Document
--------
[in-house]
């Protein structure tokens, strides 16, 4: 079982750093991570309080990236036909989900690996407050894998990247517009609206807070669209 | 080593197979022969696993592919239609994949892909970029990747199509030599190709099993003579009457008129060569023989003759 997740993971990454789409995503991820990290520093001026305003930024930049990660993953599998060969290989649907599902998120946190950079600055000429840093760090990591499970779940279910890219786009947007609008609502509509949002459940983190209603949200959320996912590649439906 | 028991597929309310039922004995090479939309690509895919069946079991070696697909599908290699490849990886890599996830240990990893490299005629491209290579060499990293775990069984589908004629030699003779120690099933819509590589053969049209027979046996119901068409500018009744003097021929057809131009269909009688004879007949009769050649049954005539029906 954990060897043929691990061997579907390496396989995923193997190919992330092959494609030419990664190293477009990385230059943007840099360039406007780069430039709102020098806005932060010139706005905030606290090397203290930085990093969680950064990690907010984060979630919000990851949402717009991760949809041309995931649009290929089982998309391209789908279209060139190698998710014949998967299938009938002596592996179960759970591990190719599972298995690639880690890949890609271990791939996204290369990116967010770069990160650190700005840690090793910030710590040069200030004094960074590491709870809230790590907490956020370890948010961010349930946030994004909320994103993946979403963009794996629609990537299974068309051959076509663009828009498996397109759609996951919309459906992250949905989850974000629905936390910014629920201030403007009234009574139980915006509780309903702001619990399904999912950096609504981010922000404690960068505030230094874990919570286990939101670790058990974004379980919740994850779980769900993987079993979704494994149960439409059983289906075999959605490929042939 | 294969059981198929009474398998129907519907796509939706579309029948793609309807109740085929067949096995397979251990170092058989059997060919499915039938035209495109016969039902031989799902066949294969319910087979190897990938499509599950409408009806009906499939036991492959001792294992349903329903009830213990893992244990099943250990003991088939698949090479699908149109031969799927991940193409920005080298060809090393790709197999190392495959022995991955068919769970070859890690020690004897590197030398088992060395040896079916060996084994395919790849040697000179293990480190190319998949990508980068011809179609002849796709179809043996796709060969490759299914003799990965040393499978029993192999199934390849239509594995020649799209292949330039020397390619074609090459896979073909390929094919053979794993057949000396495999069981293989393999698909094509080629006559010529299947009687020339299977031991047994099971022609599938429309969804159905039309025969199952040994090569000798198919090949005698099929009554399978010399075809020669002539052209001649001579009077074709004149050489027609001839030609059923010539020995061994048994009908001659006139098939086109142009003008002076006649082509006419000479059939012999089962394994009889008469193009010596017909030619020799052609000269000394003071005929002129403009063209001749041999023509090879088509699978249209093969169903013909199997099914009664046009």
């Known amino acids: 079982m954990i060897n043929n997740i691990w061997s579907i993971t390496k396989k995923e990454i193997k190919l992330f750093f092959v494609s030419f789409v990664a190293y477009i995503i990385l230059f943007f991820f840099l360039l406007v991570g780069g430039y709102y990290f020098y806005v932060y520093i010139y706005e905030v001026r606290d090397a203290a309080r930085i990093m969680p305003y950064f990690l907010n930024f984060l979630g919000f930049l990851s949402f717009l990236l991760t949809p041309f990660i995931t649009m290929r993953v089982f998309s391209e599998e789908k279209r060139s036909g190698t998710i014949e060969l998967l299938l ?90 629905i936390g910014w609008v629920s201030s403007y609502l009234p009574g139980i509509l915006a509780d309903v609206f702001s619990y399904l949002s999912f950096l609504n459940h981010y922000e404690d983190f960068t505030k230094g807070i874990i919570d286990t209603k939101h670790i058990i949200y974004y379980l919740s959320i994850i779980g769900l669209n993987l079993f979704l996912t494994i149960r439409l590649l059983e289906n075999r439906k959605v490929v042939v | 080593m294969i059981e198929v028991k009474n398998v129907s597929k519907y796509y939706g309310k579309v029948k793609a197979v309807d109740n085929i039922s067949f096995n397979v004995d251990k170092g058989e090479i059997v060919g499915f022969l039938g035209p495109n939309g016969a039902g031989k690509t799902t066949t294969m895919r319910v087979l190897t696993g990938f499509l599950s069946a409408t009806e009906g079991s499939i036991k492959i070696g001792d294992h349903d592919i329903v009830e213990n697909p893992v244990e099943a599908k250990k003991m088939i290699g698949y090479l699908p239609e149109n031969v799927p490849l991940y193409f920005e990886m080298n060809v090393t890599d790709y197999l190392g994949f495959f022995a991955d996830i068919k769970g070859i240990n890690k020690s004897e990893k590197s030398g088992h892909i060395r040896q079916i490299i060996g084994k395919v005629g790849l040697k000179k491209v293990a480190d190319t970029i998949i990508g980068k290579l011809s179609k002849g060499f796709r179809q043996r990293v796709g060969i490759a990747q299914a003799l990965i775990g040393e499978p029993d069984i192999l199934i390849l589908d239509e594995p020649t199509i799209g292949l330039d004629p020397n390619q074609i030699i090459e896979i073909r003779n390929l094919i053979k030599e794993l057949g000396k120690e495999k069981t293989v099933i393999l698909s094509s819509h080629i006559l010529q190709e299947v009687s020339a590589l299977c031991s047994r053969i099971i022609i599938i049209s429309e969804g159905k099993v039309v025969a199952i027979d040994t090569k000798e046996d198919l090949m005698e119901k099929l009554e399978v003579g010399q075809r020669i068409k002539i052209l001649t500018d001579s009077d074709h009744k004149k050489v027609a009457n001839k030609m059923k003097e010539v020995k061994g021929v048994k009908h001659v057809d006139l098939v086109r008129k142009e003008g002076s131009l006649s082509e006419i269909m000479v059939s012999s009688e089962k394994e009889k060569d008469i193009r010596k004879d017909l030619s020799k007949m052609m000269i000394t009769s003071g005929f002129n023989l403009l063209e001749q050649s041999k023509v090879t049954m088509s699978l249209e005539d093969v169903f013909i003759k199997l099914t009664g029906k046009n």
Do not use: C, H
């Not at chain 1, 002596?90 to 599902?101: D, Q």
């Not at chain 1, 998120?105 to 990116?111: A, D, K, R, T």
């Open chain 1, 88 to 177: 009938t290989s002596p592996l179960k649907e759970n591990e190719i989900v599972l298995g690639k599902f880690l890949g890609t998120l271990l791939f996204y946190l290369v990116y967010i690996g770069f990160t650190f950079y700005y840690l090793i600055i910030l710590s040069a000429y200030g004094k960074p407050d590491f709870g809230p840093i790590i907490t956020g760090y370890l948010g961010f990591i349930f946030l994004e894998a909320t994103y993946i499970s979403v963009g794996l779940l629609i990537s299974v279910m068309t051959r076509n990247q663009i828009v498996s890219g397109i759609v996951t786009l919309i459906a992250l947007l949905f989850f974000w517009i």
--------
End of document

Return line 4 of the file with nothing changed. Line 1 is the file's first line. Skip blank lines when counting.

Do not use: C, H